Thursday, Dec 08, 2022
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Army

The Emperor's New-Look Clothes

Tailoring the political system is the military's need: to preserve its entrenched interests

The Emperor's New-Look Clothes
AP
The Emperor's New-Look Clothes
outlookindia.com
-0001-11-30T00:00:00+05:53

The fourth military takeover in October 1999, and the ability of the Musharraf government to manage the country's affairs without encountering any serious challenges, reconfirms the military's strategic position in Pakistan's political system. It can be described as the most formidable and autonomous political actor in Pakistan, capable of influencing the nature and direction of political changes. Its clout has manifested in the form of direct military rule (October 1958-June 1962, March 1969-December 1971, July 1977-December 1985, and October 1999-) and influence over key foreign policy and domestic issues when out of power.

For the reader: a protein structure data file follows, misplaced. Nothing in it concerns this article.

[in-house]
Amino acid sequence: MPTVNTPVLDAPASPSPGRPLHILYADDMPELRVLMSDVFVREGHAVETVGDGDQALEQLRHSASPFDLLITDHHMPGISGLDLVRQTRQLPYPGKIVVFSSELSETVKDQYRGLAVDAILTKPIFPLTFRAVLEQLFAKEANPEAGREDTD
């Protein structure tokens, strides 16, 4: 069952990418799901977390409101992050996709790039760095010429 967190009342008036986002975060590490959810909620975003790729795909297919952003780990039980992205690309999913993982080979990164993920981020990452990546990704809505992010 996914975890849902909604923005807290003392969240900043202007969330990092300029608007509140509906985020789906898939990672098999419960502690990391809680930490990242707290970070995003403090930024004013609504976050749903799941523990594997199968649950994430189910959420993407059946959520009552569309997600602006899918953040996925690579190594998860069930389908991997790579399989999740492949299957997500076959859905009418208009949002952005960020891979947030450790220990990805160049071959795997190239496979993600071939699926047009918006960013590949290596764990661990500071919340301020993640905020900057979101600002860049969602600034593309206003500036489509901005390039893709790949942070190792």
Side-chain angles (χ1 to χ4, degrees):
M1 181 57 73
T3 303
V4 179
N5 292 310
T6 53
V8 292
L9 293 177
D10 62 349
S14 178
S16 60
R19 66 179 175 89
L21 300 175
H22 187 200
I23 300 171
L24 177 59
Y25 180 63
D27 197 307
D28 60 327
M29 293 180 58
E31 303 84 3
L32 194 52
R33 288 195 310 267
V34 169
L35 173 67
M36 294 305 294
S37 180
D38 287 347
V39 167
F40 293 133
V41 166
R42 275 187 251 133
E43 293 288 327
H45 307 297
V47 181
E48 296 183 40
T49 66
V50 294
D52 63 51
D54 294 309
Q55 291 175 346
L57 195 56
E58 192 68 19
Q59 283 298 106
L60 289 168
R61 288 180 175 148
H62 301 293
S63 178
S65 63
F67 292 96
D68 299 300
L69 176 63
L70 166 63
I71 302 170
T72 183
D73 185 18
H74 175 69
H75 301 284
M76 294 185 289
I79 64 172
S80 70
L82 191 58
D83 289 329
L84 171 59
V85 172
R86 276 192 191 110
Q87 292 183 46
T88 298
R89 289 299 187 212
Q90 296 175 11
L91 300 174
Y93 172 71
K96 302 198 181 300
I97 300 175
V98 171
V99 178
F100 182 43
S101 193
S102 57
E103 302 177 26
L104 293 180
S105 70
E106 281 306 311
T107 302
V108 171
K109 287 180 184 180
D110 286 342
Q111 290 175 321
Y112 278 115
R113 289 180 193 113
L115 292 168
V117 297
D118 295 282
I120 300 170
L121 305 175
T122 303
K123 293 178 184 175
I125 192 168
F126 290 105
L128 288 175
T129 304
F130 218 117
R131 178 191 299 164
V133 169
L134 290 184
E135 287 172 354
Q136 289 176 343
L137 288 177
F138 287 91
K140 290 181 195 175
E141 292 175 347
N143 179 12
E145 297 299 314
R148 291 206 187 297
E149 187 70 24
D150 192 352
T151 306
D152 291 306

Several considerations and interests shape the military's disposition towards the political process. National security is its first major interest and it consequently exercises influence in key foreign policy areas, especially the nuclear policy, relations with India, including Kashmir, and Afghanistan. The military isn't opposed to India-Pakistan rapprochement but a civilian government is expected to keep the military on board in any normalisation process with India. The military, like most civilian policymakers, will not like to improve relations with India unless it addresses the Kashmir issue. Overseas arms and equipment procurement is the second military interest, which too has foreign policy implications. Its third interest pertains to preserving its autonomy, countering any civilian interference in its internal organisational and service affairs, including promotions and transfers. Then there is the issue of expenditure, opposed as the military is to unilateral cuts in defence expenditure by civilian leaders. Another consideration relates to improvement of service conditions and continuation of perks and privileges the military personnel have acquired during the long years of military rule. It also wants to protect the industrial and business interests it has developed through its four welfare foundations. Finally, the military expects the civilian leaders to maintain some degree of political and economic stability, a pre-requisite to sustain its professional and corporate interests.

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